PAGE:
Preparing Christian leaders
Distance learning has not only shrunk the globe but increased the affordability and access of university-level training in ministry.
Adam Wingate, who joined the Triad Baptist staff Aug. 1, plans to use The Leadership Institute to leverage that trend to build tomorrow’s leaders for the church, workplace, and home.
The Leadership Institute combines the church’s cooperative E4-12 master of arts degree program with Piedmont International University and the Saturday Bible Institute classes under one banner. Wingate, The Leadership Institute’s first part-time director, thinks the impact will be felt most in the pews.
“The Leadership Institute will play a critical role in the health of TBC, and the opportunities the church will have in the future,” said Wingate, now continuing his doctoral studies at Piedmont after earning his MBA (2016) and M.Div. (2012) degrees from Liberty University. He earned his undergraduate degree from Southern Seminary’s Boyce College.
“Personally, I feel that the ministry model in churches across the United States will change over the next generation of leaders,” he said. “When churches are not growing, people can put undue pressure on pastors to fix the problem. Rather than placing the expectation on the pastor to grow the church and further its ministries, I believe members should ask themselves, ‘What am I currently doing to develop my own abilities to contribute to the effective leadership at my church?’
“If Triad is going to continue to be effective in a world that is constantly changing, I want to be involved in helping members develop their core capabilities so they can positively contribute to the church’s growth and enjoy God’s future blessings.”
Along with Wingate, the other new part-time staffers that joined Triad’s team earlier this summer are: Rick Reynolds, the new head of the church’s Connect Groups small-group ministry, and Jason Shuler, recreation director. All three report to Lead Pastor Rob Decker.
Practically speaking, Wingate said The Leadership Institute’s program offerings remain the same. Those who wish to earn credits toward a Master of Arts in Ministry degree can still do so through the E4-12 program of Piedmont, and Triad will continue to serve as a host organization to the university. Likewise, those interested in learning for their own enrichment may take E4-12 classes, he said.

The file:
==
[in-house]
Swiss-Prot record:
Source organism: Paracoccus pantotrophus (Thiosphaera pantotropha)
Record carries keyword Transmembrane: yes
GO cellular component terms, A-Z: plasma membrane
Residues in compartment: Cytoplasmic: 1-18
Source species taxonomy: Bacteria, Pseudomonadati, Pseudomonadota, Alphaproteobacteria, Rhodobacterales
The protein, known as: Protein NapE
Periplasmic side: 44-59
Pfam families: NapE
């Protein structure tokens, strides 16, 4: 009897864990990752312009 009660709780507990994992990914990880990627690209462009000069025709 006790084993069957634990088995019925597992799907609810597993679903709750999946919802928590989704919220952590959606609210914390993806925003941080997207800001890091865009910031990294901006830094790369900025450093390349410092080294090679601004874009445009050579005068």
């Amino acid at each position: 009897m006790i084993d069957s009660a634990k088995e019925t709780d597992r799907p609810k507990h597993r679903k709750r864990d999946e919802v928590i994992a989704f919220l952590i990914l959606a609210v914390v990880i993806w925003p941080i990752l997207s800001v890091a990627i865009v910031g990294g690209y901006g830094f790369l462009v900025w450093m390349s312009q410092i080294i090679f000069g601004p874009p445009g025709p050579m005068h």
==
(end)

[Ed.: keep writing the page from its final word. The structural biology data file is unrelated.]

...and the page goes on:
“We feel that combining the best of each program (E4-12 and The Institute) under one name enables us to reach a larger audience and creates less confusion.”
The next E4-12 session begins Sept. 10 with a video-based course on apologetics featuring Alex McFarland and other presenters and offered for master’s level credit or for enrichment studies. Watch The Leadership Institute’s page on tbcnow.org for information about future classes.
Decker said that Wingate’s academic pedigree and interest in further broadening Triad’s educational offerings made him a natural choice as The Leadership Institute’s first director. In his new role, Decker said, Wingate builds on the leadership of Dick Lockhart who led both programs until health issues left him unable to continue.
“Adam’s father also is a pastor, and Adam is young and has lots of energy and ideas for how to advance our program,” Decker said. “It’s a great fit for us.”
Wingate said that he and his wife, Katie, were drawn to Triad after first experiencing Decker’s preaching and the praise and worship music of its contemporary worship service online.
“We have known of Triad for several years but we started attending the contemporary worship service in January 2016 after watching the online worship service,” Wingate said. “Pastor Rob’s expository preaching style and the contemporary music in the early worship service played a large part in our decision to become regular attenders.
“While at Triad, we’ve been fortunate to meet people in the Connect groups small-group ministry and Sunday school,” he said. “We have been with the Homebuilders Sunday school class since it started this Spring.”
Wingate, in the first year of his Ph.D. studies in leadership and organizational management at Piedmont — which he selected for its global connections and outreach, approach to solving leadership problems facing churches, and its innovative approach to using technology to lower tuition and increase educational access — is trusting God for his future ministry decision.
“Right now, I’m in a season of preparation,” Wingate said. “I have the opportunity to learn about the successes and failures of those in leadership. While I have advanced degrees in fields as different as ministry and business administration, I feel that my current coursework at Piedmont will give me the opportunity to weave together the best aspects of each field.
“I find great satisfaction in helping struggling churches lay a foundation for future growth,” he added. “In the future, I could see myself helping the leaders of church plants train lay leaders and volunteers for effective service. I have also worked in a number of industries outside of ministry, so if God wants to provide a secular platform for me to work in and volunteer my time in the local church, then I am fine with that as well.”
More in Insights & Information
February 25, 2018We salute you: Triad’s youth honor the troops
February 20, 2018Blessings in a Bag
February 3, 2018Concerts go ‘in-house’ with Steven Curtis Chapman event April 7